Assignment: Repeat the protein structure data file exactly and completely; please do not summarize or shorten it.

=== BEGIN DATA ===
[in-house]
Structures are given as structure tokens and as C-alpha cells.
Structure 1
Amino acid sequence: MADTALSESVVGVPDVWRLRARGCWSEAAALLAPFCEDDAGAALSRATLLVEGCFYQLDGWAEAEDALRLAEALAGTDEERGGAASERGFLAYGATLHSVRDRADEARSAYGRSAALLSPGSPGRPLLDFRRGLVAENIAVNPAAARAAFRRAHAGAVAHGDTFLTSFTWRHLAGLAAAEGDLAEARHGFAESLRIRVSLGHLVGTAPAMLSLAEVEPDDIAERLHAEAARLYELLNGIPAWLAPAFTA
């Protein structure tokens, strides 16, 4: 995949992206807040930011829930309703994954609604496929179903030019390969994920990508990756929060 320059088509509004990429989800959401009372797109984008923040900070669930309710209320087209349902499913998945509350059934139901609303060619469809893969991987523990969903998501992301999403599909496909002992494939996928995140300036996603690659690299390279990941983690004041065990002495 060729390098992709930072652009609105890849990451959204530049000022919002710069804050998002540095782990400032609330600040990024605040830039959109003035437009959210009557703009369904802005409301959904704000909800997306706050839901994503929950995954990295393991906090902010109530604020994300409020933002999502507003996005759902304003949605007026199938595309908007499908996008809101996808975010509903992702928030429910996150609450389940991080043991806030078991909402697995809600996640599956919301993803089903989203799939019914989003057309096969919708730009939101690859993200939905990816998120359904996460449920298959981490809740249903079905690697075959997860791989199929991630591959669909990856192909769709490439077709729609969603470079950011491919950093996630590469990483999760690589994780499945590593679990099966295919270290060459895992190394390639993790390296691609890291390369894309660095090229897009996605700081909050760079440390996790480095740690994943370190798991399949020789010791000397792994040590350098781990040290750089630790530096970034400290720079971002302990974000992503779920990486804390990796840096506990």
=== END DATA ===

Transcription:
[in-house]
Structures are given as structure tokens and as C-alpha cells.
Structure 1
Amino acid sequence: MADTALSESVVGVPDVWRLRARGCWSEAAALLAPFCEDDAGAALSRATLLVEGCFYQLDGWAEAEDALRLAEALAGTDEERGGAASERGFLAYGATLHSVRDRADEARSAYGRSAALLSPGSPGRPLLDFRRGLVAENIAVNPAAARAAFRRAHAGAVAHGDTFLTSFTWRHLAGLAAAEGDLAEARHGFAESLRIRVSLGHLVGTAPAMLSLAEVEPDDIAERLHAEAARLYELLNGIPAWLAPAFTA
């Protein structure tokens, strides 16, 4: 995949992206807040930011829930309703994954609604496929179903030019390969994920990508990756929060 320059088509509004990429989800959401009372797109984008923040900070669930309710209320087209349902499913998945509350059934139901609303060619469809893969991987523990969903998501992301999403599909496909002992494939996928995140300036996603690659690299390279990941983690004041065990002495 060729390098992709930072652009609105890849990451959204530049000022919002710069804050998002540095782990400032609330600040990024605040830039959109003035437009959210009557703009369904802005409301959904704000909800997306706050839901994503929950995954990295393991906090902010109530604020994300409020933002999502507003996005759902304003949605007026199938595309908007499908996008809101996808975010509903992702928030429910996150609450389940991080043991806030078991909402697995809600996640599956919301993803089903989203799939019914989003057309096969919708730009939101690859993200939905990816998120359904996460449920298959981490809740249903079905690697075959997860791989199929991630591959669909990856192909769709490439077709729609969603470079950011491919950093996630590469990483999760690589994780499945590593679990099966295919270290060459895992190394390639993790390296691609890291390369894309660095090229897009996605700081909050760079440390996790480095740690994943370190798991399949020789010791000397792994040590350098781990040290750089630790530096970034400290720079971002302990974000992503779920990486804390990796840096506990």